An outlandish, if otherworldly vivacity latches onto the anomie and yearning of young adults in Japanese/American Gregg Araki's latest feature presumably aimed at the college set. It may be based on his own experience at USC back in the 1980s. A spirited, wild one indeed if all of the amusing, eerie contradictory stuff on view is any indication.
Kaboom features an attractive ensemble including Thomas Dekker, Chris Zylka, Haley Bennett and Roxane Mesquida, as what appears to be another of the helmer's coming-of-agers has radical tonal shifts, passing from science-fiction into horror. It has more of an experimental verve to it, more episodic and less dramatically assured than his provocative Mysterious Skin.
What is pretty watchable, thanks in part to an empathetic cast who embraces the director's path through reality and the subconscious, may be appreciated by those who lean more towards transgressive cinema. Yet, even with plenty of palpable struggles for modern youth on view from the capricious to the intense, nothing seems to delve beyond the obsessions and frustrations told mainly in surface terms.
Dekker could be Araki's surrogate as 18-year-old student Smith studying film who seems to be confused about his sexuality. The lifestyle of his roommate Thor (Zylka) would indicate the opposite of what he professes. Smith has a bond with Stella, a scornful Bennett, smitten with a girl (Mesquida). So, the opening passages centering on Smith shares an understanding as well as the complexities facing a variety of types in his orbit.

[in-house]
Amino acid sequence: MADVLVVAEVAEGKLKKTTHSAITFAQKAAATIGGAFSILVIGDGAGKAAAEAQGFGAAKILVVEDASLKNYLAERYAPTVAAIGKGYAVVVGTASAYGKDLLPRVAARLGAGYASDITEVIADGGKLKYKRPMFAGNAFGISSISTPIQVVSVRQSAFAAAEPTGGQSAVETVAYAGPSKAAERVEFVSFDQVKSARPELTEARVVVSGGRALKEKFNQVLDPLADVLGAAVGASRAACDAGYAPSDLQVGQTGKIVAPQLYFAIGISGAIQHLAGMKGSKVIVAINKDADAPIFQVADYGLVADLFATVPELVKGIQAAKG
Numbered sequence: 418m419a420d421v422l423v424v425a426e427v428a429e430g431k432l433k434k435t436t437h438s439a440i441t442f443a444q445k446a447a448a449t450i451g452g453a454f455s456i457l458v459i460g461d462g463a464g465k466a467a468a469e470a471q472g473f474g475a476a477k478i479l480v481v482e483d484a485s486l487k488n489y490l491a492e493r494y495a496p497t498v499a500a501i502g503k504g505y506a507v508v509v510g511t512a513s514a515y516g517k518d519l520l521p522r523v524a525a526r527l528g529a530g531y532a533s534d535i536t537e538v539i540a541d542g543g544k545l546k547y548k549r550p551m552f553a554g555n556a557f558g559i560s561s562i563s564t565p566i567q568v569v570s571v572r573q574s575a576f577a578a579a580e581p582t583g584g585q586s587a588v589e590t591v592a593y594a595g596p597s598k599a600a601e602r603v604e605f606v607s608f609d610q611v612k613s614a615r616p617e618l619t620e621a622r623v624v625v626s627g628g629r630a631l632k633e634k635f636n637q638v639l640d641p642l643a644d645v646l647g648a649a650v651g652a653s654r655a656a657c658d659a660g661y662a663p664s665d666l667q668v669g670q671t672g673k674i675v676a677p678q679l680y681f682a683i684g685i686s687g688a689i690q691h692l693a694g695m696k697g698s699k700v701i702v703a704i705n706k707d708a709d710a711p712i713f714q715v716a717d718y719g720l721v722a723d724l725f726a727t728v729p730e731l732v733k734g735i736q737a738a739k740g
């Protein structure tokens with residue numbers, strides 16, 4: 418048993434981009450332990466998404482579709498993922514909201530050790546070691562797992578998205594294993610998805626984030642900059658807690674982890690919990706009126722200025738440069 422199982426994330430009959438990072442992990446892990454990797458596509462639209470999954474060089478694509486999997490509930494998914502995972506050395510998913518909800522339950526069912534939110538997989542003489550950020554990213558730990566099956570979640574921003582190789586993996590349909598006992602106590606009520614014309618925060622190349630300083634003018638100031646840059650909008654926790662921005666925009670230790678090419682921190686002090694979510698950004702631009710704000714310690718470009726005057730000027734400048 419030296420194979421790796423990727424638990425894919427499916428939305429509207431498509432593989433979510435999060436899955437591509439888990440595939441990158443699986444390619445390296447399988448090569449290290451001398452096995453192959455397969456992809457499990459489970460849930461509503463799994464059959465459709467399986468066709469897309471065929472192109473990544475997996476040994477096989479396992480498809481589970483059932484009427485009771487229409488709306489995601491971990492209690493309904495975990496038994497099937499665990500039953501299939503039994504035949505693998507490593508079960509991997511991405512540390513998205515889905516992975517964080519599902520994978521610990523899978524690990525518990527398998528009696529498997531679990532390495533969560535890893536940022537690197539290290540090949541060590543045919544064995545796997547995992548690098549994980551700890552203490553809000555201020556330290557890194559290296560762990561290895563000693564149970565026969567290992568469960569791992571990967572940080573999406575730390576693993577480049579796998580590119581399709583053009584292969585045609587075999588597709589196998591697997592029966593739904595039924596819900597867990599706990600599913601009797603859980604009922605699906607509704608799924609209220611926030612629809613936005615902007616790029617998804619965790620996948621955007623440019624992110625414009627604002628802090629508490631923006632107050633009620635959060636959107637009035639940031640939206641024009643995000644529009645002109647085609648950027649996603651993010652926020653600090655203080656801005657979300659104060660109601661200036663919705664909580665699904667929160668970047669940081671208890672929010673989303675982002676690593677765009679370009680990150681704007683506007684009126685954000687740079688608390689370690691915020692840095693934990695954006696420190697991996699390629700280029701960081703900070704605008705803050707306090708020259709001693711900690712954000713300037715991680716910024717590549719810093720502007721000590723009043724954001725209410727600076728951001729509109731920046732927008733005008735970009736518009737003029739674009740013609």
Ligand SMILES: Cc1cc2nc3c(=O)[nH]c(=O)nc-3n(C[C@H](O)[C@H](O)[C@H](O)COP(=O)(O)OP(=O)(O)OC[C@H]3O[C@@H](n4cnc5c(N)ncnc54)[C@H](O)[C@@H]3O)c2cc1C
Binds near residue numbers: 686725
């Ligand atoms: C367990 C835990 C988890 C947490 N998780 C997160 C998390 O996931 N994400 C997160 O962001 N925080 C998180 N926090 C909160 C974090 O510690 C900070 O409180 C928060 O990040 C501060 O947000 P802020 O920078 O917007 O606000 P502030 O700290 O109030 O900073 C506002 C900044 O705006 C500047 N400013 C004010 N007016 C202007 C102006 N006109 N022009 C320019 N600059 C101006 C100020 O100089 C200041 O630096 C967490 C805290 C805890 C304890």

Later on, more of an odd nightmarish thriller pervades as Smith has encounters with a red-head femme-fatale type (Nicole LaLiberte) and with men in animal heads. It's all part of cults and assorted aspects of witchcraft managed for the most part handled with a light touch.
An involving examination of older teen life may be intentionally muted through its chameleon-like nature even with a vivid affinity with the culture itself. A variegated visual glitz elucidates high anxiety and hallucinogenic glee to a greater understanding of one's self, often detached from a societal normalcy. In the end though, a gradually futuristic, ominous tale of awakening maybe conspires against itself with too many strange invasions.